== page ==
And yet, the secret is, it's ALL work to some extent or another. Children who are able to get into a routine habit of always being busy, industrious and keeping their hands busy will mirror the Virtuous Woman so highly prized in Proverbs 31. Embroidery, bread baking or another fun and enjoyable skill can be and is work, yet using them as a reward instead of allowing a child to watch television, play video games or other worthless pasttimes will help build their character and truly "reward" them for the mundane tasks they perform.

Having basic skills taught while young allows our children to have a wide variety of knowledge to use throughout their lifetime � this is a hidden gift we give to our children that blesses not only our children , but all those they come in contact with.

Because we were created in the image of God, we have the ability to create; to bring into being something that was not there before. God truly must enjoy the process of creating as He has made some of the most unique, interesting and intricate things that fill our world. We have the God-given ability to enjoy His wonders and marvel at His creative genius. But He has also given us the desire and urge to be creative in our own heart and mind. The desire to create is strong in all of us and gives us an outlet for expressing ourselves, which is important for true happiness and usefulness. It doesn't do anyone any good to have fantastic ideas if they can not express them!

In the past children were taught the skills needed to provide their family and future family with most of what the family would use or need. But these skills also allowed the children to express their creativity and find joy and pride in creating something worthwhile or pleasing � and to even earn extra income if needed. Today's children have not been given this hidden gift and have idle hands and little enjoyment of the accomplishment of others. For example, you can not truly appreciate an intricate painting if you have not attempted to paint yourself. As a homeschooler, I have found that teaching something to my children and then taking them to see a master's work often helps them understand the depth of skill and the effort and endurance it took to create it. Whether it is woodworking, sewing, gardening, canning, or a wide assortment of other skills � it is worth the effort of teaching it so our children learn and also gain enjoyment from another's work.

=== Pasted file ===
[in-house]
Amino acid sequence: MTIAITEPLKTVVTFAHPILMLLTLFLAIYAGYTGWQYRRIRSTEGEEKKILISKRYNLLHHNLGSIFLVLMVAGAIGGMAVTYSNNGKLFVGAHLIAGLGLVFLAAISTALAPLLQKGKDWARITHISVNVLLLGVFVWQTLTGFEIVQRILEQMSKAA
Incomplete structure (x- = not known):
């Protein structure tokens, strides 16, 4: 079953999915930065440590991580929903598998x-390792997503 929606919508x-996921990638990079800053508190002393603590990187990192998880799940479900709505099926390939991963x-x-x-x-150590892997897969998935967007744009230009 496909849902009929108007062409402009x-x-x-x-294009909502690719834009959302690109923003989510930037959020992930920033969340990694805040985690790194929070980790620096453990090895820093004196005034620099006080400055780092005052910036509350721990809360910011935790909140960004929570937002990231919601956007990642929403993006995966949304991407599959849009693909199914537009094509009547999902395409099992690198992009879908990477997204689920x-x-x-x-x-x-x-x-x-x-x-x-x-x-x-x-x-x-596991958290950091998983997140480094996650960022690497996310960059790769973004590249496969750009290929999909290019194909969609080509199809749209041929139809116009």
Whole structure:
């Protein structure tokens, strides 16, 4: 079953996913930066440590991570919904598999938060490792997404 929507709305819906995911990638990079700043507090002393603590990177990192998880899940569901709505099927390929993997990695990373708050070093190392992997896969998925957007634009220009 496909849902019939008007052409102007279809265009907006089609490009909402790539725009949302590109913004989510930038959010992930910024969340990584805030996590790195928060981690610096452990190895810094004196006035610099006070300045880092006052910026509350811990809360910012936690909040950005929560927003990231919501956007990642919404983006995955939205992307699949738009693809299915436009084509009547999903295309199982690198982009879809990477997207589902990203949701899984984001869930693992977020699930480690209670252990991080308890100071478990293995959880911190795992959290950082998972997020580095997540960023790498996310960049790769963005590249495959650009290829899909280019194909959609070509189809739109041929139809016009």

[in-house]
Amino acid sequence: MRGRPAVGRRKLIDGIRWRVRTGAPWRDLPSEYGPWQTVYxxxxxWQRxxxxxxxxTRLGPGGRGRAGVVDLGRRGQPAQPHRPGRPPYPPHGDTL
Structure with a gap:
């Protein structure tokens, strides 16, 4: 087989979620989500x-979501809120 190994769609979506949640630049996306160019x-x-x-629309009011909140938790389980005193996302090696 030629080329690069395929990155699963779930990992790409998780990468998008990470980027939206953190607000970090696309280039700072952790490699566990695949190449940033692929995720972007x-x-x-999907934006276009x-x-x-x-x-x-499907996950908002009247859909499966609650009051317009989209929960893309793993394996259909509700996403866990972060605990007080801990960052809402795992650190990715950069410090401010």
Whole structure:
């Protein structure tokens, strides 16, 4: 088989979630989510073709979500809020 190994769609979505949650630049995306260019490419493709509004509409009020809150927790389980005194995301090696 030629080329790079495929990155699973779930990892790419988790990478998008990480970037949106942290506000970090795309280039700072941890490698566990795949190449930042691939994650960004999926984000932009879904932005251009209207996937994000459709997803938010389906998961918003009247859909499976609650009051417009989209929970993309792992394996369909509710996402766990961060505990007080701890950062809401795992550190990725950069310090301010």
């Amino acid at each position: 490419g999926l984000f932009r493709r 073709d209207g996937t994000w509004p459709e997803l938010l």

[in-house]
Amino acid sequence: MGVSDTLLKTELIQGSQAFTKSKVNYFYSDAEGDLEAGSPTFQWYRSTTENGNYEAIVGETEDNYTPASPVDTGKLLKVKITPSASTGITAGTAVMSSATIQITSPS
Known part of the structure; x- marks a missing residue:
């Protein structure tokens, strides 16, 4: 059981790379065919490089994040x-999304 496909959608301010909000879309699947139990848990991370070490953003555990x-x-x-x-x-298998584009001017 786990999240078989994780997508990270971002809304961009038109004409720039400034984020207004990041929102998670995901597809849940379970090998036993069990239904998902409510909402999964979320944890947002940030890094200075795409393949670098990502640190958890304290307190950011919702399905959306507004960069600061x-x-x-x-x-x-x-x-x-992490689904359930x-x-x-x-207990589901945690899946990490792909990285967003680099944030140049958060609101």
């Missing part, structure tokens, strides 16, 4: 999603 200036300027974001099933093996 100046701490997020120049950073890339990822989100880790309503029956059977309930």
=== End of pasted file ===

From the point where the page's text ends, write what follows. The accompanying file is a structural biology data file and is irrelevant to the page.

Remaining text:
Basic hands-on skills are something every child should know. A knowledge of hand sewing is an almost indispensable skill for the home. And the best way for a girl (or mother) to learn to use a needle and thread is by starting on small embroidery projects that teach simple handsewing stitches. These are quickly completed and the reward of a beautiful hand made item will inspire yet more interest in sewing.

Copyright, 2005. Used with permission. The Old Schoolhouse Magazine.
www.TheHomeschoolMagazine.com